Spectator on facebook

Spectator on facebook

People close to SNS benefited from emission scandal, files show

THE EMISSION scandal, which shook the first Robert Fico government, was controlled from top positions at the Environment Ministry, at the time led by nominees of the Slovak National Party (SNS). 

Illustrative stock photo(Source: SME)

This stems from investigation documents the Sme daily recently obtained.

They also track the channels through which the money from the emission sale travelled and where it ended up.

“She could not make decisions on her own,” the police said about the steps of Jana Lütken, then authorised representative of the Interblue Group company, which bought the state's excess carbon dioxide emission quotas, as quoted by Sme.

Interblue Group, a small, unknown firm then operating out of a US garage, bought the quotas in 2008, for €5.05 per tonne, a price significantly lower than the market value. It subsequently sold the emission quotas to Japan, making €47 million from the transaction. The scandal resulted in dismissal of the SNS ministers and, finally, the party losing control of the ministry.

Read also: Read also:FPA files motions in emission case

The criminal prosecution over abusing the powers of a public representative and violating rules when administering someone else’s property was stopped in September 2013, and in December 2013 the prosecutor of the special department of the General Prosecutor’s Office dismissed the Environment Ministry’s complaint. In the beginning of 2014, however, General Prosecutor Jaromír Čižnár re-opened the case. The prosecutor assigned by the General Prosecutor’s Office completed the investigation on June 2, 2014.

Moreover, in April 2014 the Fair-Play Alliance (FPA) ethics watchdog presented documents from the Swiss Prosecutor’s Office, which describe the dubious transfer of $3.8 million to the bank account of an influential Environment Ministry employee back in August 2009.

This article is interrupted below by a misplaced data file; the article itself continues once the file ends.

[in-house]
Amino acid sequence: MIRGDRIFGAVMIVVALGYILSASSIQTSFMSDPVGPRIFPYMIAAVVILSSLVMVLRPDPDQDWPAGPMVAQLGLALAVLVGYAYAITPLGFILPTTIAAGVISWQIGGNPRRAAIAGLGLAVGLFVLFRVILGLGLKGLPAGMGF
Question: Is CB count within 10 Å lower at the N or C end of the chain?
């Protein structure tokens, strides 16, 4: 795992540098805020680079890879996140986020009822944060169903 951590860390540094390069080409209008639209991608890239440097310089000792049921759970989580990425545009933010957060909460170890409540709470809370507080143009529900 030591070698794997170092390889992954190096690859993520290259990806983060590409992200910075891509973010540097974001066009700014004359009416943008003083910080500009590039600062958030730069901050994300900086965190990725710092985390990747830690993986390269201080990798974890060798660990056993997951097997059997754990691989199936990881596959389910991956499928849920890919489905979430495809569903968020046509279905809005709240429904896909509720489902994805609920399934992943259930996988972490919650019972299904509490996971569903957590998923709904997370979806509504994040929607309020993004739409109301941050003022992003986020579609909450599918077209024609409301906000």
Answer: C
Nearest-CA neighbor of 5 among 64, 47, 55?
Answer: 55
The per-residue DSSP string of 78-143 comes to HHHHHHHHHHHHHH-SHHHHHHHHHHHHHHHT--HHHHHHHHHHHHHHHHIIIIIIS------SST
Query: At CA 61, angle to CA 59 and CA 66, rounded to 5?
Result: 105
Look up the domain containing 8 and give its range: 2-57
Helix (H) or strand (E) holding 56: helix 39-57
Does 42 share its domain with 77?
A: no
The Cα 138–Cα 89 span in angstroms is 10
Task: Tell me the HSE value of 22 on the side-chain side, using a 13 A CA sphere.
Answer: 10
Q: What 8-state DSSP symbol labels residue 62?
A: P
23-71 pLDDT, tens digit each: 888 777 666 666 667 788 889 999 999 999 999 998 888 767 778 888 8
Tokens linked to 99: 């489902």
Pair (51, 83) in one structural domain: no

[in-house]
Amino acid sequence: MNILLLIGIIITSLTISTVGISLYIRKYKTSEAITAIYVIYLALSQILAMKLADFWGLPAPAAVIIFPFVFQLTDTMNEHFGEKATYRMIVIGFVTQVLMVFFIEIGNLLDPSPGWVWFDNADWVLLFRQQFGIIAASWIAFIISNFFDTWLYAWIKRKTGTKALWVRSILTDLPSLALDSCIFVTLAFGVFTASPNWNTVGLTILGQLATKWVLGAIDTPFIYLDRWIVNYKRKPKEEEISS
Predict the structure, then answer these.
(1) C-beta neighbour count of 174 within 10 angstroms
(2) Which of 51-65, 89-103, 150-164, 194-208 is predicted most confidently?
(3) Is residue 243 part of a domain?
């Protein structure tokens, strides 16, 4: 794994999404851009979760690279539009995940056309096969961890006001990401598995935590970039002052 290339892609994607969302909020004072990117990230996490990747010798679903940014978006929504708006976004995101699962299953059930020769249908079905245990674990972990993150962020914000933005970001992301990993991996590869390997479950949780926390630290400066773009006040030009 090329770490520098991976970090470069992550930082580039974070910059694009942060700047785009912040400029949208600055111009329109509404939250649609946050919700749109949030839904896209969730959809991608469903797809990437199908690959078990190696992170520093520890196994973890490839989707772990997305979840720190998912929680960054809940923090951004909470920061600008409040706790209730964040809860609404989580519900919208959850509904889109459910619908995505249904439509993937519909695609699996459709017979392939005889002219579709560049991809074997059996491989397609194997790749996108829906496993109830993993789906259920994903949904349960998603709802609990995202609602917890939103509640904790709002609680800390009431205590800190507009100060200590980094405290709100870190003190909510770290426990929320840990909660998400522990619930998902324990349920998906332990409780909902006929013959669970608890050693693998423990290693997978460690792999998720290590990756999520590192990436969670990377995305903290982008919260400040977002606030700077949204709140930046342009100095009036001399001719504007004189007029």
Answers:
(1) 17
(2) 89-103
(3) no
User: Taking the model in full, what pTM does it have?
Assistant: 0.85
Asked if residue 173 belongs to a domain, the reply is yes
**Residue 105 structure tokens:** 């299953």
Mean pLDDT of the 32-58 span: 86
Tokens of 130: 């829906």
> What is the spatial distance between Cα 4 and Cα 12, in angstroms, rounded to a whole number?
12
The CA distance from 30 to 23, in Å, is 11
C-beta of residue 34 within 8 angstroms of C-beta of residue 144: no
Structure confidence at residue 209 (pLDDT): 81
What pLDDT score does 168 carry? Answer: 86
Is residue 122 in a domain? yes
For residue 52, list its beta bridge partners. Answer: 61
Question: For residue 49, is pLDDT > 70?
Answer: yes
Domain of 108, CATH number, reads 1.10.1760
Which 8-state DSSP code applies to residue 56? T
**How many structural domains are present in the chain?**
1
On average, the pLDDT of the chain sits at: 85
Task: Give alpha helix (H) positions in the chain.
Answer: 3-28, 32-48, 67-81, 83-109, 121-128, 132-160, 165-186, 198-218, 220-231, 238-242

Though the documents obtained by the FPA had the official’s name blacked out, and referred to him or her as “a secretary”, Zuzana Wienk of the FPA said that the Swiss Prosecutor’s Office documented the identity of the person, as well as the bank accounts and transfers on the accounts. They sent all the information to Slovakia in January 2012.

Police documents reveal that the money ended up in companies close to SNS. It was used for financing the Diamond DA42 Twin Star plane, which was at the time piloted by former SNS chair Ján Slota, Sme wrote.

Despite the revelations, nobody has been charged in the case, with the police claiming that the officers did not commit any crime during the sale. Moreover, they decided that even the transfers of commissions via tax havens were not a crime, the daily reported.

Topic: Corruption & scandals


Top stories

Robert Fico has lost the electoral magic he once had Plus

But his party can still bounce back if they do the things that make parties resilient.

Robert Fico claims that Smer won the regional elections because it is the party with the most chairs in regional councils.

New legislation protects creditors from unfair mergers

Fraudulent mergers were a legal business model enabling unfair businesses to get rid of debts

Tightening conditions when merging companies will increase the red tape of lawful mergers and prolong this procedure.

Fifty Shades of Grey: Slovakia's Olympic outfits will not stray from tradition Photo

The official outfit for Slovak athletes at the Pyongyang Olympic Games has been presented; the Slovak Olympic Committee (SOV) is not satisfied.

Olympic outfit of Slovak athletes

Blog: How long until a robot takes your job?

Are robots really taking over? What are the benefits and what are the risks?

Illustrative stock photo